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Book Description

Table of Contents

- Preface
- I Background
- Why do we learn statistics?
- On the psychology of statistics
- The cautionary tale of Simpson's paradox
- Statistics in psychology
- Statistics in everyday life
- There's more to research methods than statistics

- A brief introduction to research design
- Introduction to psychological measurement
- Scales of measurement
- Assessing the reliability of a measurement
- The ``role'' of variables: predictors and outcomes
- Experimental and non-experimental research
- Assessing the validity of a study
- Confounds, artifacts and other threats to validity
- Summary

- Why do we learn statistics?
- II An introduction to R
- Getting started with R
- Installing R
- Typing commands at the R console
- Doing simple calculations with R
- Storing a number as a variable
- Using functions to do calculations
- Letting Rstudio help you with your commands
- Storing many numbers as a vector
- Storing text data
- Storing ``true or false'' data
- Indexing vectors
- Quitting R
- Summary

- Additional R concepts
- Using comments
- Installing and loading packages
- Managing the workspace
- Navigating the file system
- Loading and saving data
- Useful things to know about variables
- Factors
- Data frames
- Lists
- Formulas
- Generic functions
- Getting help
- Summary

- Getting started with R
- III Working with data
- Descriptive statistics
- Measures of central tendency
- Measures of variability
- Skew and kurtosis
- Getting an overall summary of a variable
- Descriptive statistics separately for each group
- Standard scores
- Correlations
- Handling missing values
- Summary

- Drawing graphs
- An overview of R graphics
- An introduction to plotting
- Histograms
- Stem and leaf plots
- Boxplots
- Scatterplots
- Bar graphs
- Saving image files using R and Rstudio
- Summary

- Pragmatic matters
- Tabulating and cross-tabulating data
- Transforming and recoding a variable
- A few more mathematical functions and operations
- Extracting a subset of a vector
- Extracting a subset of a data frame
- Sorting, flipping and merging data
- Reshaping a data frame
- Working with text
- Reading unusual data files
- Coercing data from one class to another
- Other useful data structures
- Miscellaneous topics
- Summary

- Basic programming
- Scripts
- Loops
- Conditional statements
- Writing functions
- Implicit loops
- Summary

- Descriptive statistics
- IV Statistical theory
- Introduction to probability
- How are probability and statistics different?
- What does probability mean?
- Basic probability theory
- The binomial distribution
- The normal distribution
- Other useful distributions
- Summary

- Estimating unknown quantities from a sample
- Samples, populations and sampling
- The law of large numbers
- Sampling distributions and the central limit theorem
- Estimating population parameters
- Estimating a confidence interval
- Summary

- Hypothesis testing
- A menagerie of hypotheses
- Two types of errors
- Test statistics and sampling distributions
- Making decisions
- The p value of a test
- Reporting the results of a hypothesis test
- Running the hypothesis test in practice
- Effect size, sample size and power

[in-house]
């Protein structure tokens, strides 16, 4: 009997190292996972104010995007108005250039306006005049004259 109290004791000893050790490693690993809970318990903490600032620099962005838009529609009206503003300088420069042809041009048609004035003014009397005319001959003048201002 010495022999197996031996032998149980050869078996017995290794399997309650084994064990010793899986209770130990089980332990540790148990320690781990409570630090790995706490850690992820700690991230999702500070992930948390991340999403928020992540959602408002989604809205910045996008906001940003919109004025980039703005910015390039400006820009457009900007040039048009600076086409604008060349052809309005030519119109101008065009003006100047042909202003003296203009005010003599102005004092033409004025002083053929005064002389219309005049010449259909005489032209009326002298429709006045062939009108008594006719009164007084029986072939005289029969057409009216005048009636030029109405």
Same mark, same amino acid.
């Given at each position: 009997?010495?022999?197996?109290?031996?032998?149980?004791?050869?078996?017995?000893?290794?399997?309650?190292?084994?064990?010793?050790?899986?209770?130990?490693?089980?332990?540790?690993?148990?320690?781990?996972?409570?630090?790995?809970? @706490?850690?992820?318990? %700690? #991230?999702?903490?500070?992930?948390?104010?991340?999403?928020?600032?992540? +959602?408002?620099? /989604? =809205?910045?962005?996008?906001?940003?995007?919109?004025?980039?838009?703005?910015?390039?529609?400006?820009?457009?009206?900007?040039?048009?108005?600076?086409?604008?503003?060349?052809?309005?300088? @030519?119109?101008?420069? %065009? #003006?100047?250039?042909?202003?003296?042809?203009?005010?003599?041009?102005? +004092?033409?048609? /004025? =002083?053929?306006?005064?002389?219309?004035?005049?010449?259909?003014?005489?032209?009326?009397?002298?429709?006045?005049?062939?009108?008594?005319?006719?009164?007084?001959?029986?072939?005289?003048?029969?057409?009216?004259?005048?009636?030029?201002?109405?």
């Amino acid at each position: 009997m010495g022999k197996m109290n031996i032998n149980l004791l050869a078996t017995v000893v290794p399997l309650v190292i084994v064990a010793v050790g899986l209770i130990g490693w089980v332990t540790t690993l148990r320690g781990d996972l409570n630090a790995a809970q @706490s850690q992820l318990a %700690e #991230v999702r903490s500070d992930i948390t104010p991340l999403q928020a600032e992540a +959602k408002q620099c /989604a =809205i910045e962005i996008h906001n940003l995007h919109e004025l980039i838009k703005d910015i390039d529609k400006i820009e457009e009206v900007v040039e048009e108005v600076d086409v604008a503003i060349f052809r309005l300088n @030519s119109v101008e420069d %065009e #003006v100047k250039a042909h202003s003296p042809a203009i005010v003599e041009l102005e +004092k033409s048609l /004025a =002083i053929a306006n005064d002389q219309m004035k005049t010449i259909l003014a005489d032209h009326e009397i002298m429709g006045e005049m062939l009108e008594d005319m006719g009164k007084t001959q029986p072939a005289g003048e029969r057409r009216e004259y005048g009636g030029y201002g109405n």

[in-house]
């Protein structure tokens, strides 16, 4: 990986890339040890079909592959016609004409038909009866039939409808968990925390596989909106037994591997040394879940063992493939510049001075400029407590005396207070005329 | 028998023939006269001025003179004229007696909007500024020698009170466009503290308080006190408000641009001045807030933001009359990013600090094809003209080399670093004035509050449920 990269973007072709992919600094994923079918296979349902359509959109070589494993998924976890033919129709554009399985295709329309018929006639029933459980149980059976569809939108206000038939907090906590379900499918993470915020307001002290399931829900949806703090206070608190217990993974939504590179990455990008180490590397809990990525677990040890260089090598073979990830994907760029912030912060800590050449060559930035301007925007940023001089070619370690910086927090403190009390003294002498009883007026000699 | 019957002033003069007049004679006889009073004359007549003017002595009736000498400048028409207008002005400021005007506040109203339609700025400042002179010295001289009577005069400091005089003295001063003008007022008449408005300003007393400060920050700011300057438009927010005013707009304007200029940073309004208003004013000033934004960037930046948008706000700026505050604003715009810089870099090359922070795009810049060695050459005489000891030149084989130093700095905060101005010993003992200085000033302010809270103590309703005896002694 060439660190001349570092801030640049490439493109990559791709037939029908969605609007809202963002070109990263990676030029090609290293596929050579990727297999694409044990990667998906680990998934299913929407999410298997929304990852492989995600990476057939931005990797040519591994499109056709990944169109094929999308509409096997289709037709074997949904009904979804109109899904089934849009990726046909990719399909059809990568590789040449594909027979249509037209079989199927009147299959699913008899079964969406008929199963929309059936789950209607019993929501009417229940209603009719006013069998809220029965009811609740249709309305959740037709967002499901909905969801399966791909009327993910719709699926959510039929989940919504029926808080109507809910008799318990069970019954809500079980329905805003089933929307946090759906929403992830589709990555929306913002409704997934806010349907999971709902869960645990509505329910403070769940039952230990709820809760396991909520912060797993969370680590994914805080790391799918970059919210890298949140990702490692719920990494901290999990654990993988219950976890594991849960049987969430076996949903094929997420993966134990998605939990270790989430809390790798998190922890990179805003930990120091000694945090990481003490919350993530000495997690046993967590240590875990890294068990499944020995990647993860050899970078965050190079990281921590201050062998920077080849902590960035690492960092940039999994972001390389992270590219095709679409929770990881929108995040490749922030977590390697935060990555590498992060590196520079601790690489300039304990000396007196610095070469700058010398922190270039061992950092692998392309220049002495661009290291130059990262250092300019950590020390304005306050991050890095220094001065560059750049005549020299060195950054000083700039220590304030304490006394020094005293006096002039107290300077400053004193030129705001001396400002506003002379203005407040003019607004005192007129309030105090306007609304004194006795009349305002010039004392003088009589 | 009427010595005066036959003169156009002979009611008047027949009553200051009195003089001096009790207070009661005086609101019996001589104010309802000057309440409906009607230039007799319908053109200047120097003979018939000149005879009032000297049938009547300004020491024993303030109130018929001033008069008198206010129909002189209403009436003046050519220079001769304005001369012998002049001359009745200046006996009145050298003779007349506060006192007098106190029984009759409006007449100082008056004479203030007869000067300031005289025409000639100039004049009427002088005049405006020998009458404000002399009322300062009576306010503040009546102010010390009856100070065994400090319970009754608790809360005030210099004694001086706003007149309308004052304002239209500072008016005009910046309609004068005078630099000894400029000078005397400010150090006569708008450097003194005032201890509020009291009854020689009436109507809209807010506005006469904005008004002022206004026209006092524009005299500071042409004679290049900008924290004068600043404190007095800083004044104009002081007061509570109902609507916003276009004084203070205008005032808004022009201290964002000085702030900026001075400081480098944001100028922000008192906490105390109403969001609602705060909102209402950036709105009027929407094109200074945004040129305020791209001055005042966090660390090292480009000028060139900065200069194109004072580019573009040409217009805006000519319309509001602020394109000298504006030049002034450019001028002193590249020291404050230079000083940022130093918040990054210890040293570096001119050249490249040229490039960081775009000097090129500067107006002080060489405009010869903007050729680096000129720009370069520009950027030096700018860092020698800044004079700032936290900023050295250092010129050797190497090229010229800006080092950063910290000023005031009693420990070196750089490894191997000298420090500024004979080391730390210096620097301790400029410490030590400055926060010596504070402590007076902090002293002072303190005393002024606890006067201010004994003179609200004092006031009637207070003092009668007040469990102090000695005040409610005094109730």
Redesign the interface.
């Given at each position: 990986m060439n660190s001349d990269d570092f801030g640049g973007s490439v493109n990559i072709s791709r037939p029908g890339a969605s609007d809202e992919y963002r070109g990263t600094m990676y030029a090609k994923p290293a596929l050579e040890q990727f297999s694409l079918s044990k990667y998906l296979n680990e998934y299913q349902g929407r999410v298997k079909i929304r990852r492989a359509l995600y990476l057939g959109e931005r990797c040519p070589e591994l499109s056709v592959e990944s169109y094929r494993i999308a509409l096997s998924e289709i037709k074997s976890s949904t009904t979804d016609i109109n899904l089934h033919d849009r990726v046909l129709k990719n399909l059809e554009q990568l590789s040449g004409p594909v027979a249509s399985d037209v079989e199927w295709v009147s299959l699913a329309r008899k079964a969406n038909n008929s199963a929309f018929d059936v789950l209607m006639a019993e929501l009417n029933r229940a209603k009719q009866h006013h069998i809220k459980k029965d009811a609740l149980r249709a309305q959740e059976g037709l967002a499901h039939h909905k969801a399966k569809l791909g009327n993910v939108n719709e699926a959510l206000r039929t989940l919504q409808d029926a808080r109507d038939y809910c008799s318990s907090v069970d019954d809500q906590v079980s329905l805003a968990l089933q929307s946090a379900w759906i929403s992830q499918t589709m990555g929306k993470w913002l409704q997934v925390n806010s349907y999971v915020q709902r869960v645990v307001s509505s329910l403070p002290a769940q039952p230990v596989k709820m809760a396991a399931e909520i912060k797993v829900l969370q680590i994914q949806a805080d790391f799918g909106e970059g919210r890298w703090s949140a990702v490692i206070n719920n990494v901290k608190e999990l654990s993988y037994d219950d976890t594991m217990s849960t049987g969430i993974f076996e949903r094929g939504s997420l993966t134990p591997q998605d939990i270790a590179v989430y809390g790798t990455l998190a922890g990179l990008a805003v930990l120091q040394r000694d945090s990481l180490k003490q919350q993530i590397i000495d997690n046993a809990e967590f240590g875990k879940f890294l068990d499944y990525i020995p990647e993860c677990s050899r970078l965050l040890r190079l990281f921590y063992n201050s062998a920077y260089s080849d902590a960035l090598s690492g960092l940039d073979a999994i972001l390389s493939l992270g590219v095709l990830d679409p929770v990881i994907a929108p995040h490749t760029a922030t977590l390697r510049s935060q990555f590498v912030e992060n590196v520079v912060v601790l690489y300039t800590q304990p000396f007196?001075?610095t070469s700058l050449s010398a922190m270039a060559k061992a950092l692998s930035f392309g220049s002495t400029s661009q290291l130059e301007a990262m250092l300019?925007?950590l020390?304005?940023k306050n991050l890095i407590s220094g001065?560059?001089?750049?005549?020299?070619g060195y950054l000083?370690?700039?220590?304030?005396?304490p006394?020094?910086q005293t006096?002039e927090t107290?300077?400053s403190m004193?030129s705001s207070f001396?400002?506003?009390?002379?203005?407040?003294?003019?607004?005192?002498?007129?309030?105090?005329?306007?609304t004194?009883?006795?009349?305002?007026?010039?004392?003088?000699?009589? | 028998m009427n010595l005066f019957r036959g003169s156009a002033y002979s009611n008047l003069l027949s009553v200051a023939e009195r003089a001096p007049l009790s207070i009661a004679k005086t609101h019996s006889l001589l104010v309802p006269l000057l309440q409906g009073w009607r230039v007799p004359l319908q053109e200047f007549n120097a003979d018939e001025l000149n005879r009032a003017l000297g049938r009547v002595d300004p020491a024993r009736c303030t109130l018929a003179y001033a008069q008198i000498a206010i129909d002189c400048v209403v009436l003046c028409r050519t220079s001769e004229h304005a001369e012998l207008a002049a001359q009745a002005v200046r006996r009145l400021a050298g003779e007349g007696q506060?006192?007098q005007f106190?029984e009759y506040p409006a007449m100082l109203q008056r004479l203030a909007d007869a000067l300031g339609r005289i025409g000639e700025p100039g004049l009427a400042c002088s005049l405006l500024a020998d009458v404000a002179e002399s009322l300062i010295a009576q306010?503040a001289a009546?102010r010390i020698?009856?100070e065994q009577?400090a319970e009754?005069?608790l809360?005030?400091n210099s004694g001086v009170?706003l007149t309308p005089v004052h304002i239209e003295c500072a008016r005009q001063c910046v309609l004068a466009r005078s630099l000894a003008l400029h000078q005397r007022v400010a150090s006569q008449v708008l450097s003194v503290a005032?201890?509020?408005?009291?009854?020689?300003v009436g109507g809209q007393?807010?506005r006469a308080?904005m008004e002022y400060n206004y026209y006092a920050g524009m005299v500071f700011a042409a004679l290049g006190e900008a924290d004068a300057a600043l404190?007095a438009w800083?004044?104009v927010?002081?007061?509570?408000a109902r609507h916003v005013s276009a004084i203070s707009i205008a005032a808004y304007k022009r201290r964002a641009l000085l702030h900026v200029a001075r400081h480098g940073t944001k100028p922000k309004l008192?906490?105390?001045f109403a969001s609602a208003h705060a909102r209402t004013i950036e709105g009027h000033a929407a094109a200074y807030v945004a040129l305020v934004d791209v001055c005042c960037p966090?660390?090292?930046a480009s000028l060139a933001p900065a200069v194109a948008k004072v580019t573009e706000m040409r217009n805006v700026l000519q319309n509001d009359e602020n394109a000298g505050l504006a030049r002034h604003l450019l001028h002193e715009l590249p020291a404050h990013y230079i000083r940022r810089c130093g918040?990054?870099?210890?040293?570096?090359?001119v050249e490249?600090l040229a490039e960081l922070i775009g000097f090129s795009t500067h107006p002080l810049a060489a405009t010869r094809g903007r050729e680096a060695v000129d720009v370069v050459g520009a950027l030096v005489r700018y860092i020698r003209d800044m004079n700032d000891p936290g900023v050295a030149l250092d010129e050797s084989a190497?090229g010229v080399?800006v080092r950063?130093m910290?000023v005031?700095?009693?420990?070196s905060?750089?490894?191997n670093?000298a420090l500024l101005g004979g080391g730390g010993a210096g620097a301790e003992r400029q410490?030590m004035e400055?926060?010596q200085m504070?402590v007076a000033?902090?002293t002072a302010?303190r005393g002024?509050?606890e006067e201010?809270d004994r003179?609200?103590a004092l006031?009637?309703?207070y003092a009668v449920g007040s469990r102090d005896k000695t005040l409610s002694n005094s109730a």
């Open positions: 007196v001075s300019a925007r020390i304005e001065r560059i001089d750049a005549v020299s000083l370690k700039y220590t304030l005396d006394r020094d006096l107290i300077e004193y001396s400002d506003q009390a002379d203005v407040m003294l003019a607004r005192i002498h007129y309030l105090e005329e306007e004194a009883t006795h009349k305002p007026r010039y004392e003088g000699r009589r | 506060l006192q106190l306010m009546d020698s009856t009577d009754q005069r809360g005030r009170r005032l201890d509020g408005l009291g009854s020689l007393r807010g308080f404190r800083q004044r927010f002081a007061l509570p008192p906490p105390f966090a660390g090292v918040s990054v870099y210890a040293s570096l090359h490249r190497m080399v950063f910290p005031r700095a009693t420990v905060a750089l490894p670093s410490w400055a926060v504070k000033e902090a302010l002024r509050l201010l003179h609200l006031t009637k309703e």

- Some issues to consider
- Summary

- Introduction to probability
- V Statistical tools
- Categorical data analysis
- The 2 goodness-of-fit test
- The 2 test of independence (or association)
- The continuity correction
- Effect size
- Assumptions of the test(s)
- The most typical way to do chi-square tests in R
- The Fisher exact test
- The McNemar test
- What's the difference between McNemar and independence?
- Summary

- Comparing two means
- The one-sample z-test
- The one-sample t-test
- The independent samples t-test (Student test)
- The independent samples t-test (Welch test)
- The paired-samples t-test
- One sided tests
- Using the t.test() function
- Effect size
- Checking the normality of a sample
- Testing non-normal data with Wilcoxon tests
- Summary

- Comparing several means (one-way ANOVA)
- An illustrative data set
- How ANOVA works
- Running an ANOVA in R
- Effect size
- Multiple comparisons and post hoc tests
- Assumptions of one-way ANOVA
- Checking the homogeneity of variance assumption
- Removing the homogeneity of variance assumption
- Checking the normality assumption
- Removing the normality assumption
- On the relationship between ANOVA and the Student t test
- Summary

- Linear regression
- What is a linear regression model?
- Estimating a linear regression model
- Multiple linear regression
- Quantifying the fit of the regression model
- Hypothesis tests for regression models
- Testing the significance of a correlation
- Regarding regression coefficients
- Assumptions of regression
- Model checking
- Model selection
- Summary

- Factorial ANOVA
- Factorial ANOVA 1: balanced designs, no interactions
- Factorial ANOVA 2: balanced designs, interactions allowed
- Effect size, estimated means, and confidence intervals
- Assumption checking
- The F test as a model comparison
- ANOVA as a linear model
- Different ways to specify contrasts
- Post hoc tests
- The method of planned comparisons
- Factorial ANOVA 3: unbalanced designs
- Summary

- Categorical data analysis
- VI Endings, alternatives and prospects
- Bayesian statistics
- Probabilistic reasoning by rational agents
- Bayesian hypothesis tests
- Why be a Bayesian?
- Bayesian analysis of contingency tables
- Bayesian t-tests
- Bayesian regression
- Bayesian ANOVA
- Summary

- Epilogue
- The undiscovered statistics
- Learning the basics, and learning them in R
- References

- Bayesian statistics

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